“Marriage is half your dīn,” is a common statement uttered amongst many people seeking to get married. Perhaps this hadīth is not always understood in the best of ways.
There is a fallacy wherein people feel that after getting married their īmān will rise rapidly, they will worship Allāh together, and to summarise, live happily ever after… But how often is this the case?
“When a slave marries, he has truly completed half of his religion, and so all that remains is for him to have taqwa of Allāh as regards to the remaining half.”
Imām Ghazāli (rahimahullāh) explained this hadīth by stating the following.
“The words ‘half of religion’ are said in order to highly encourage one to get married. Now, what usually corrupts a person’s religiosity is either sexual temptations or his appetite for food. Marriage can help deal with one of these desires as it helps protect one’s chastity from the whispers of Satan, it breaks unlawful infatuation, helps one guard their gaze and checks you from falling into Zina.”
“All that remains is to have taqwa of what remains…” I feel it is here that the Prophetic model has shown that a spouse is pivotal in the development of increasing this level of taqwa.
There are many examples of the Prophet (sallAllāhu ʿalayhi wasallam) aiding his spouses in their journey to get closer to Allāh. I have included examples of three areas I personally believe are of paramount importance to a successful relationship that strives to develop taqwa of Allāh.
The Prophet (sallAllāhu ʿalayhi wasallam) would support his wives in their worship of Allāh, help them to obey Allāh and aid them to get closer to Him (jalla wa ʿāla). There are many ahadīth that demonstrate how the Prophet (sallAllāhu ʿalayhi wasallam) beautifully guided his wives, and amongst them are one of my favourite narrations:
Juwayriyah (raḍiy Allāhu ʿanha) narrated: “The Prophet (sallAllāhu ʿalayhi wasallam) came to me when I was performing my morning supplications, after which he went off to his own affairs. He returned by midday, and upon finding me in the same state, he asked me: ‘Are you still sitting here (supplicating)?’ I said ‘Yes.’ So he said: ‘Should I not teach you some words, which if you recited them, would outweigh and be worthier than all of what you have been reciting since morning? They are:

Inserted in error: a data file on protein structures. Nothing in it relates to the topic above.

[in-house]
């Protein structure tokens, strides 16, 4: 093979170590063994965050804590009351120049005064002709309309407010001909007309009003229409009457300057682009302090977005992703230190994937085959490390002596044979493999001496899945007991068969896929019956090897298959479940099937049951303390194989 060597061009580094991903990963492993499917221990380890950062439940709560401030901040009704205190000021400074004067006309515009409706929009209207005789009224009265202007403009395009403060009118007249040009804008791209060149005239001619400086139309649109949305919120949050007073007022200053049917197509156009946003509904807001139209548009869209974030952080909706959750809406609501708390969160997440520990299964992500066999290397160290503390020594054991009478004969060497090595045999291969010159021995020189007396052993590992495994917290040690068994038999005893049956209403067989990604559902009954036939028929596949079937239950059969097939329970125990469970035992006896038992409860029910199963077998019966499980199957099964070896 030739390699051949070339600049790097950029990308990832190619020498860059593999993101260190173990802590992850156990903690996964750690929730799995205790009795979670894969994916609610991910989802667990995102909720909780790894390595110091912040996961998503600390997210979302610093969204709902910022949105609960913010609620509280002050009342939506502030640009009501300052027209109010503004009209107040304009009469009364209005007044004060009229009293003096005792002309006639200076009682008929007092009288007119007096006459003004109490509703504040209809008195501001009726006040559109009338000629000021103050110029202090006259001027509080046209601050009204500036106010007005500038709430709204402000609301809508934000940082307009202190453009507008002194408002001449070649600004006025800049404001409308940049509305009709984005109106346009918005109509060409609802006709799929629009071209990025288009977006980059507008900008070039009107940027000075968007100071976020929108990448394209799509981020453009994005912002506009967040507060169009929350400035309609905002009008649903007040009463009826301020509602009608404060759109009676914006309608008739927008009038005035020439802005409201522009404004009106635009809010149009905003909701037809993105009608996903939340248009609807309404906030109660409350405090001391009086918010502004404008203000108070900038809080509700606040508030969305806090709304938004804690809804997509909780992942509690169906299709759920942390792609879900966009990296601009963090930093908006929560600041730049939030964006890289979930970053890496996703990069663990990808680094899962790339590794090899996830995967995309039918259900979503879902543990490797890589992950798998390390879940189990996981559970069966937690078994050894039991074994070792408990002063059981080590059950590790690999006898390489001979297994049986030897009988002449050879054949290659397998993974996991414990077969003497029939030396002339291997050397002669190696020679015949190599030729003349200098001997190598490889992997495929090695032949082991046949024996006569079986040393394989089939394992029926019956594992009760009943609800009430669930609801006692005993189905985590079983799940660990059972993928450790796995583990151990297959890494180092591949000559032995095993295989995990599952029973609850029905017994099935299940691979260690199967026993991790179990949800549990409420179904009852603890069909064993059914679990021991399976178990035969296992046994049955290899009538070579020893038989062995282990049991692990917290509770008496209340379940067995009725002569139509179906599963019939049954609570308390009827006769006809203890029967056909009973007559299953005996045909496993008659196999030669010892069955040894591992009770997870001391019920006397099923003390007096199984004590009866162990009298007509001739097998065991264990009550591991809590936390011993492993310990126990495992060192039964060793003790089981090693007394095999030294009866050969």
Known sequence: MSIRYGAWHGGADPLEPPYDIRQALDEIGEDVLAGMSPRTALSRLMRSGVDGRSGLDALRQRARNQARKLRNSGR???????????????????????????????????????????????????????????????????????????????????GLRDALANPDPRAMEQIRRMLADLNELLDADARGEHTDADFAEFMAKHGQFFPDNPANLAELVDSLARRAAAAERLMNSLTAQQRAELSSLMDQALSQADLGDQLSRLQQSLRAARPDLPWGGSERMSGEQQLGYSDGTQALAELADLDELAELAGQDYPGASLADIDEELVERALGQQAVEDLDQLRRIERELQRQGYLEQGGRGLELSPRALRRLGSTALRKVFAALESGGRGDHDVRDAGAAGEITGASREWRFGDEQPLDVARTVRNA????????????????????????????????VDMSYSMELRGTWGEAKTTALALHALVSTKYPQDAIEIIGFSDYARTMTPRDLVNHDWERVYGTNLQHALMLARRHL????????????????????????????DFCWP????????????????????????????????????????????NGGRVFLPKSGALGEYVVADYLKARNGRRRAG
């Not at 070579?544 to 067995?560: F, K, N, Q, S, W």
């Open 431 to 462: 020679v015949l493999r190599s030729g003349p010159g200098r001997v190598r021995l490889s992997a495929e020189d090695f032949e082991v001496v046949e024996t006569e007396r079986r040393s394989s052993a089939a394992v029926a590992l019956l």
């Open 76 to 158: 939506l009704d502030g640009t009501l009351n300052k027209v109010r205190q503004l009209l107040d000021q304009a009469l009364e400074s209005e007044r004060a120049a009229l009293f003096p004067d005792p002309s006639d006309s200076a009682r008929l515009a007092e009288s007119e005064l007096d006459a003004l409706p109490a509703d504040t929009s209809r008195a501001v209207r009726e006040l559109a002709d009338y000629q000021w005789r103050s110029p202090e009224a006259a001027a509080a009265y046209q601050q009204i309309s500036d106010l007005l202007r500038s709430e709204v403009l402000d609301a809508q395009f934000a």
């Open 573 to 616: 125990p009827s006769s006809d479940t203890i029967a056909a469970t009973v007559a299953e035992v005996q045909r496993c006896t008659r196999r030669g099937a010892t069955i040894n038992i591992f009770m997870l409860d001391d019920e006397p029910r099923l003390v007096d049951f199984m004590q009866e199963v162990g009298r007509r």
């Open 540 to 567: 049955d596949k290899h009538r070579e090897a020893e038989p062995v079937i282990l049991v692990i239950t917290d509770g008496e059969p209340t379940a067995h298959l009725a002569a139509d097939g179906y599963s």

“Glory be to Allāh and praise is due to Him according to the number of His creations, according to the pleasure of His Self, according to the weight of His Throne and according to the ink (used in recording) the words (for His Praise).”
Du’ā is a noble, spiritual form of worship, which allows the created to appreciate the majesty and eminence of the Creator. It is a way of humbling one’s self by showing gratitude to what Allāh has blessed them with. If a relationship is built upon the foundation of du’ā, not only does it show that the servant of Allāh is in constant need and aid from his Creator, but it also shows his love, appreciation and him wanting the best for their spouse.
Ā’isha (raḍiy Allāhu ʿanha) narrated: “Once when I saw the Prophet (sallAllāhu ʿalayhi wasallam) in a good mood, I said to him, “O Messenger of Allāh! Make du’ā to Allāh for me!” So he said, “O Allāh! Forgive Ā’isha her past and future sins, what she has hidden, as well as what she has made apparent.”
I began smiling, to the point that my head fell into the lap of the Messenger of Allāh out of joy.
The Messenger of Allāh said to me, “Does my du’ā make you happy?” I replied, “And how can your du’ā not make me happy?”
He then said, “By Allāh, it is the du’ā that I make for my Ummah in every prayer.”
The Prophet (sallAllāhu ʿalayhi wasallam), being a model for all Muslims, found nothing wrong in seeking advice from his wife. In fact, in the example below, it is shown how he took heed of the advice of his wife at a very pivotal moment.
“At Hudaybiyah, the Prophet (sallAllāhu ʿalayhi wasallam) said to his Companions: “Get up, take off your ihrām and shave your heads.” By Allāh! Not a single man got up, even after the Prophet (sallAllāhu ʿalayhi wasallam) had repeated himself thrice.